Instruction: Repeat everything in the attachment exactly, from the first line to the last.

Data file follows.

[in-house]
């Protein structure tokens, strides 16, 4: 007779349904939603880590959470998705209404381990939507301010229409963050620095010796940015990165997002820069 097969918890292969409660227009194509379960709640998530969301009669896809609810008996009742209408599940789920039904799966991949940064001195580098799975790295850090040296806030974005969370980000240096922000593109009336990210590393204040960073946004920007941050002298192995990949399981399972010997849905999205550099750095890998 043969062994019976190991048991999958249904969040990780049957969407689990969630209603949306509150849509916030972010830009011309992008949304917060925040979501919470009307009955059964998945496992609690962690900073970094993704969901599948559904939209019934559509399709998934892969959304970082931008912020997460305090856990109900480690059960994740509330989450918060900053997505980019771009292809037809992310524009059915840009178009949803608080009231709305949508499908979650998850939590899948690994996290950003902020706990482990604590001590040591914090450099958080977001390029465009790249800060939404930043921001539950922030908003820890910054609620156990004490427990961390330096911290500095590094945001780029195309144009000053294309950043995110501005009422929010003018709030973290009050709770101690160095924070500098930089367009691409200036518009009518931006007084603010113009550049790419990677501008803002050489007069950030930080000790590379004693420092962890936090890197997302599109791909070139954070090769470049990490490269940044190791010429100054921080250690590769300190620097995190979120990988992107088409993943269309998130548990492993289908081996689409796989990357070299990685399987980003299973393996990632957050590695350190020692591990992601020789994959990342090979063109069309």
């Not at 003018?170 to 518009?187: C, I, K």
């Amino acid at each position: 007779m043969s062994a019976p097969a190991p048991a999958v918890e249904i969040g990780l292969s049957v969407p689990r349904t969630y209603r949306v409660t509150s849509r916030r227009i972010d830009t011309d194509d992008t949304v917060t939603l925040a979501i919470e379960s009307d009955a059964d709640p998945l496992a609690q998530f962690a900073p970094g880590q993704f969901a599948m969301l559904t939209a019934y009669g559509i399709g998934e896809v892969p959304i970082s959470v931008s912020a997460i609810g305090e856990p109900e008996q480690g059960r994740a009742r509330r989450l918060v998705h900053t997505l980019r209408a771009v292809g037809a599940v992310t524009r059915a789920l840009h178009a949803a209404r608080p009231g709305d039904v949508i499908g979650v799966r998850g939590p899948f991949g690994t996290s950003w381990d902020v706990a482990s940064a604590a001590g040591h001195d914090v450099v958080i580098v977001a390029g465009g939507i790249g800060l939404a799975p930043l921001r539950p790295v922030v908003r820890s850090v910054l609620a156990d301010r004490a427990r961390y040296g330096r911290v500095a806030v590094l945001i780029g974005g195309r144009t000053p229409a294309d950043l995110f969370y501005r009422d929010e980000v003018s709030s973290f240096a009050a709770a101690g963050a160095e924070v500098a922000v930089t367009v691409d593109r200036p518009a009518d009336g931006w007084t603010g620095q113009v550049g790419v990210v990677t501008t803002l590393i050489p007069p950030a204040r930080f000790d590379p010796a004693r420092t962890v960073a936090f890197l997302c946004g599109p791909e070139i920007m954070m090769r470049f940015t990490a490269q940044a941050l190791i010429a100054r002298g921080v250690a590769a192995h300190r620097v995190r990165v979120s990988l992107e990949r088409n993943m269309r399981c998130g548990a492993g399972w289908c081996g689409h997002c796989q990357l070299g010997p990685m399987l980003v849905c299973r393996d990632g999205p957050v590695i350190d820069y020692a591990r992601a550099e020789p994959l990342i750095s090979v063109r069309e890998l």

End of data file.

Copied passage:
[in-house]
């Protein structure tokens, strides 16, 4: 007779349904939603880590959470998705209404381990939507301010229409963050620095010796940015990165997002820069 097969918890292969409660227009194509379960709640998530969301009669896809609810008996009742209408599940789920039904799966991949940064001195580098799975790295850090040296806030974005969370980000240096922000593109009336990210590393204040960073946004920007941050002298192995990949399981399972010997849905999205550099750095890998 043969062994019976190991048991999958249904969040990780049957969407689990969630209603949306509150849509916030972010830009011309992008949304917060925040979501919470009307009955059964998945496992609690962690900073970094993704969901599948559904939209019934559509399709998934892969959304970082931008912020997460305090856990109900480690059960994740509330989450918060900053997505980019771009292809037809992310524009059915840009178009949803608080009231709305949508499908979650998850939590899948690994996290950003902020706990482990604590001590040591914090450099958080977001390029465009790249800060939404930043921001539950922030908003820890910054609620156990004490427990961390330096911290500095590094945001780029195309144009000053294309950043995110501005009422929010003018709030973290009050709770101690160095924070500098930089367009691409200036518009009518931006007084603010113009550049790419990677501008803002050489007069950030930080000790590379004693420092962890936090890197997302599109791909070139954070090769470049990490490269940044190791010429100054921080250690590769300190620097995190979120990988992107088409993943269309998130548990492993289908081996689409796989990357070299990685399987980003299973393996990632957050590695350190020692591990992601020789994959990342090979063109069309």
């Not at 003018?170 to 518009?187: C, I, K």
């Amino acid at each position: 007779m043969s062994a019976p097969a190991p048991a999958v918890e249904i969040g990780l292969s049957v969407p689990r349904t969630y209603r949306v409660t509150s849509r916030r227009i972010d830009t011309d194509d992008t949304v917060t939603l925040a979501i919470e379960s009307d009955a059964d709640p998945l496992a609690q998530f962690a900073p970094g880590q993704f969901a599948m969301l559904t939209a019934y009669g559509i399709g998934e896809v892969p959304i970082s959470v931008s912020a997460i609810g305090e856990p109900e008996q480690g059960r994740a009742r509330r989450l918060v998705h900053t997505l980019r209408a771009v292809g037809a599940v992310t524009r059915a789920l840009h178009a949803a209404r608080p009231g709305d039904v949508i499908g979650v799966r998850g939590p899948f991949g690994t996290s950003w381990d902020v706990a482990s940064a604590a001590g040591h001195d914090v450099v958080i580098v977001a390029g465009g939507i790249g800060l939404a799975p930043l921001r539950p790295v922030v908003r820890s850090v910054l609620a156990d301010r004490a427990r961390y040296g330096r911290v500095a806030v590094l945001i780029g974005g195309r144009t000053p229409a294309d950043l995110f969370y501005r009422d929010e980000v003018s709030s973290f240096a009050a709770a101690g963050a160095e924070v500098a922000v930089t367009v691409d593109r200036p518009a009518d009336g931006w007084t603010g620095q113009v550049g790419v990210v990677t501008t803002l590393i050489p007069p950030a204040r930080f000790d590379p010796a004693r420092t962890v960073a936090f890197l997302c946004g599109p791909e070139i920007m954070m090769r470049f940015t990490a490269q940044a941050l190791i010429a100054r002298g921080v250690a590769a192995h300190r620097v995190r990165v979120s990988l992107e990949r088409n993943m269309r399981c998130g548990a492993g399972w289908c081996g689409h997002c796989q990357l070299g010997p990685m399987l980003v849905c299973r393996d990632g999205p957050v590695i350190d820069y020692a591990r992601a550099e020789p994959l990342i750095s090979v063109r069309e890998l």